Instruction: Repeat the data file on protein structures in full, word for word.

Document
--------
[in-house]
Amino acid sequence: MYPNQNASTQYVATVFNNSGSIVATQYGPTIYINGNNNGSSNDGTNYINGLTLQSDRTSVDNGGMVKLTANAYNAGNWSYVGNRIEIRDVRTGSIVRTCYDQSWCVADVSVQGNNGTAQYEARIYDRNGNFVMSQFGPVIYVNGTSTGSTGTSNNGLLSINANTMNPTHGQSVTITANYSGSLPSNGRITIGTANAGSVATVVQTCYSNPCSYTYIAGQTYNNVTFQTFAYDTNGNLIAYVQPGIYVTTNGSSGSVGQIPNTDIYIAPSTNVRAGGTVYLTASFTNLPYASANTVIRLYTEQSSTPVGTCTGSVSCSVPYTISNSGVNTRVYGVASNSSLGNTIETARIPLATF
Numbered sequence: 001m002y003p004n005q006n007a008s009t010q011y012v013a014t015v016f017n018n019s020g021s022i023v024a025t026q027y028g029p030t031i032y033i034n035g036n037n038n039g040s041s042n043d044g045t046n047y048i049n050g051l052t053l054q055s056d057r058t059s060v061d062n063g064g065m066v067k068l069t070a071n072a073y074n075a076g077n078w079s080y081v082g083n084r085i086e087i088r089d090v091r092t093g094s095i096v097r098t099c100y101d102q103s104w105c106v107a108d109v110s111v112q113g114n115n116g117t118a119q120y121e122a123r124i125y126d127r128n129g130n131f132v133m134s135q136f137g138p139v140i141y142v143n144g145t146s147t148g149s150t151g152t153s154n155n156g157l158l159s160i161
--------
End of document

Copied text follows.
[in-house]
Amino acid sequence: MYPNQNASTQYVATVFNNSGSIVATQYGPTIYINGNNNGSSNDGTNYINGLTLQSDRTSVDNGGMVKLTANAYNAGNWSYVGNRIEIRDVRTGSIVRTCYDQSWCVADVSVQGNNGTAQYEARIYDRNGNFVMSQFGPVIYVNGTSTGSTGTSNNGLLSINANTMNPTHGQSVTITANYSGSLPSNGRITIGTANAGSVATVVQTCYSNPCSYTYIAGQTYNNVTFQTFAYDTNGNLIAYVQPGIYVTTNGSSGSVGQIPNTDIYIAPSTNVRAGGTVYLTASFTNLPYASANTVIRLYTEQSSTPVGTCTGSVSCSVPYTISNSGVNTRVYGVASNSSLGNTIETARIPLATF
Numbered sequence: 001m002y003p004n005q006n007a008s009t010q011y012v013a014t015v016f017n018n019s020g021s022i023v024a025t026q027y028g029p030t031i032y033i034n035g036n037n038n039g040s041s042n043d044g045t046n047y048i049n050g051l052t053l054q055s056d057r058t059s060v061d062n063g064g065m066v067k068l069t070a071n072a073y074n075a076g077n078w079s080y081v082g083n084r085i086e087i088r089d090v091r092t093g094s095i096v097r098t099c100y101d102q103s104w105c106v107a108d109v110s111v112q113g114n115n116g117t118a119q120y121e122a123r124i125y126d127r128n129g130n131f132v133m134s135q136f137g138p139v140i141y142v143n144g145t146s147t148g149s150t151g152t153s154n155n156g157l158l159s160i161